Gardasil Linked to More Allergic Reactions

<"">Gardasil, the Merck and Co. vaccine approved to target the human papillomavirus (HPV), is again at the epicenter of controversy.  Australian researchers are reporting that young women in Australia who received Gardasil to prevent cervical cancer were five to 20 times more likely to suffer rare and severe allergic reaction versus other girls who received other vaccines in comparable school-based vaccination programs.  The researchers reported that the Gardasil reactions were unusual and manageable.

The researchers were led by Dr. Julia Brotherton of The Children’s Hospital at Westmead and studied 114,000 young women vaccinated with Gardasil as part of a 2007 vaccination program in New South Wales.  Of the girls vaccinated, 12 experienced suspected cases of anaphylaxis.  Anaphylaxis is a potentially life-threatening allergic reaction that can cause difficulty breathing, nausea, and rashes.  Eight of the 12 experienced “an estimated rate of reaction of 2.6 per 100,000 doses administered” as compared with “a rate of 0.1 per 100,000 doses in a 2003 school-based meningitis vaccination program.”  In a commentary on the study, Dr. Neal Halsey of Johns Hopkins University in Baltimore wrote, “It’s just a reminder that there are rare adverse effects.  It doesn’t change the strong recommendations for all adolescent girls to get this vaccine but we just have to watch them to make sure they don’t have this allergic reaction,” he added.

Gardasil was approved by the US Food and Drug Administration (FDA) two years ago for girls aged nine-26 and protects against sexually transmitted diseases caused by four particularly dangerous HPV strains in women that are responsible for 70 percent of cervical cancers and 90 percent of genital warts.  Merck & Company—Gardasil’s maker—said 16 million doses have been administered since its approval.  Last May, the U.S. Centers for Disease Control and Prevention (CDC) said Gardasil is linked with a higher risk of fainting that, in some cases, resulted in injury.  In July, Gardasil was criticized for possible links to a 20-year-old woman who suffered a stroke after receiving a second Gardasil injection.  In June, Merck added more possible adverse reactions to Gardasil’s growing list, including fatigue, weakness, and muscle pain; however, many feel this is not enough.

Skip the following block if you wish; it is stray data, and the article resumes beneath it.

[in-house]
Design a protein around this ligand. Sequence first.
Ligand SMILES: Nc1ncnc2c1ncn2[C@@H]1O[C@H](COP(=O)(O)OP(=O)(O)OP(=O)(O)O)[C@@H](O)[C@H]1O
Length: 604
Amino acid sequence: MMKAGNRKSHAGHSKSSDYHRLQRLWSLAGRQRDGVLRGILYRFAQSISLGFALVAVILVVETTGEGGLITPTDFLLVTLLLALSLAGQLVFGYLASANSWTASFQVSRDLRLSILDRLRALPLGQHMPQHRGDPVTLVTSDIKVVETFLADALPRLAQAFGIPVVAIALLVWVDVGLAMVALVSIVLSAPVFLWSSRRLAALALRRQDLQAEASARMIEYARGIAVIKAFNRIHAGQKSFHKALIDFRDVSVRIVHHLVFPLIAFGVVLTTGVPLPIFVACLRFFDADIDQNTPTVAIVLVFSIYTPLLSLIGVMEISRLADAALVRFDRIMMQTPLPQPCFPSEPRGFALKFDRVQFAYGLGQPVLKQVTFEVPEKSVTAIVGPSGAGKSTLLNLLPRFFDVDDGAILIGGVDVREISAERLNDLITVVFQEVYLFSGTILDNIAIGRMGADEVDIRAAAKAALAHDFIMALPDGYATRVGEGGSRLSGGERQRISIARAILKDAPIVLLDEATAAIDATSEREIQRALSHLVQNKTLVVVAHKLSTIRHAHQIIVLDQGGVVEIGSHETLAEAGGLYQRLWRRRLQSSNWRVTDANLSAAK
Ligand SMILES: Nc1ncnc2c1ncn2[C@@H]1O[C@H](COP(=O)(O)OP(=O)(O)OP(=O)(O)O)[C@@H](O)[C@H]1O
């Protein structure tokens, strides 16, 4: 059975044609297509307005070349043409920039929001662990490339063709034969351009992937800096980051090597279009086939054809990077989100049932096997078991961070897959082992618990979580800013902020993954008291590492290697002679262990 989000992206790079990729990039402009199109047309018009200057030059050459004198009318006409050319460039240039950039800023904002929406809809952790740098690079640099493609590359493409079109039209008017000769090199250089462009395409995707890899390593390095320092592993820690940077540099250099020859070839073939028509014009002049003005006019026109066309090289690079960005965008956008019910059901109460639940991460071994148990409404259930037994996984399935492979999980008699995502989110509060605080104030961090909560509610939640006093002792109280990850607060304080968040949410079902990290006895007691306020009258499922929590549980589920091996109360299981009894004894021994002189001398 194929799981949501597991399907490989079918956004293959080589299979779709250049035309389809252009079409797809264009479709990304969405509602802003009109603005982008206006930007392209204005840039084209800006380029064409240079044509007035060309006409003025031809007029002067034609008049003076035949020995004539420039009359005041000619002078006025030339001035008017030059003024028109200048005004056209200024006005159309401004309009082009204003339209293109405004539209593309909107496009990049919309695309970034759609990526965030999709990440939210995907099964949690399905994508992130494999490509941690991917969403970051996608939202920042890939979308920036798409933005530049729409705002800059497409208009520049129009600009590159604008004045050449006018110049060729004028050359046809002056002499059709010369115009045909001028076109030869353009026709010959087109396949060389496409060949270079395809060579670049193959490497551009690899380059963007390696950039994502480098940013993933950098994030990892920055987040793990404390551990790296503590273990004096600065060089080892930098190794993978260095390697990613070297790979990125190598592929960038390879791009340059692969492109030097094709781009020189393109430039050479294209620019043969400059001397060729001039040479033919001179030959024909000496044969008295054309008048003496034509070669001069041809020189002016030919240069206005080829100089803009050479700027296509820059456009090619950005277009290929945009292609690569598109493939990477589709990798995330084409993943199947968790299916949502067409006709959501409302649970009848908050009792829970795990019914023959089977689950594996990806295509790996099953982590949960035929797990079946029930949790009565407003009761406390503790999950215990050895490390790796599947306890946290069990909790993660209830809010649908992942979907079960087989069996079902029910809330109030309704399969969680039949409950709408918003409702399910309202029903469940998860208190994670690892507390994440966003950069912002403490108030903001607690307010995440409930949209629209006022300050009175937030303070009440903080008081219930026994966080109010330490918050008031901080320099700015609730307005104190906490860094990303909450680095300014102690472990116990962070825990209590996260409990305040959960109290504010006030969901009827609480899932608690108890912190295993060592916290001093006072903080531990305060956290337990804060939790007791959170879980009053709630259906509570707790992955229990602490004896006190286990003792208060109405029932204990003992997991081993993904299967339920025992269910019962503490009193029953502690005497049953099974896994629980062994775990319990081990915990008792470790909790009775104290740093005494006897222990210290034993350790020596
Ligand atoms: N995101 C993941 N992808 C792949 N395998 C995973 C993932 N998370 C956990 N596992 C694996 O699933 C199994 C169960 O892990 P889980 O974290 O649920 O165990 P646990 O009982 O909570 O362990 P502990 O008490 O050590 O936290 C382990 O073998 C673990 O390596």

Since its approval, 18 women who received the Gardasil vaccine died; blood clots were responsible for four, according to a report released by watchdog group Judicial Watch.  We reported on the deaths of two women oversees apparently linked to Gardasil and which followed the deaths of three other young women—ages 12, 19, and 22—who died in the U.S. days after Gardasil was administered.  A 14-year-old girl experienced debilitating headaches, fainting spells, and arthritis-like stiffness and became so dizzy she could barely walk, was hospitalized, missed nearly one month of school, and suffered a seizure.  Recently, 13-year-old, who was seemingly healthy 15 months prior to receiving her third Gardasil shot began showing signs of having been stricken with a degenerative muscle disease; she is now almost completely paralyzed.

U.S. News & World Report says there are other possible adverse side effects linked to Gardasil and the New York Post reports Gardasil has been associated to medical problems.  Meanwhile, researchers and Merck are collecting data to consider whether boys should receive Gardasil as well.

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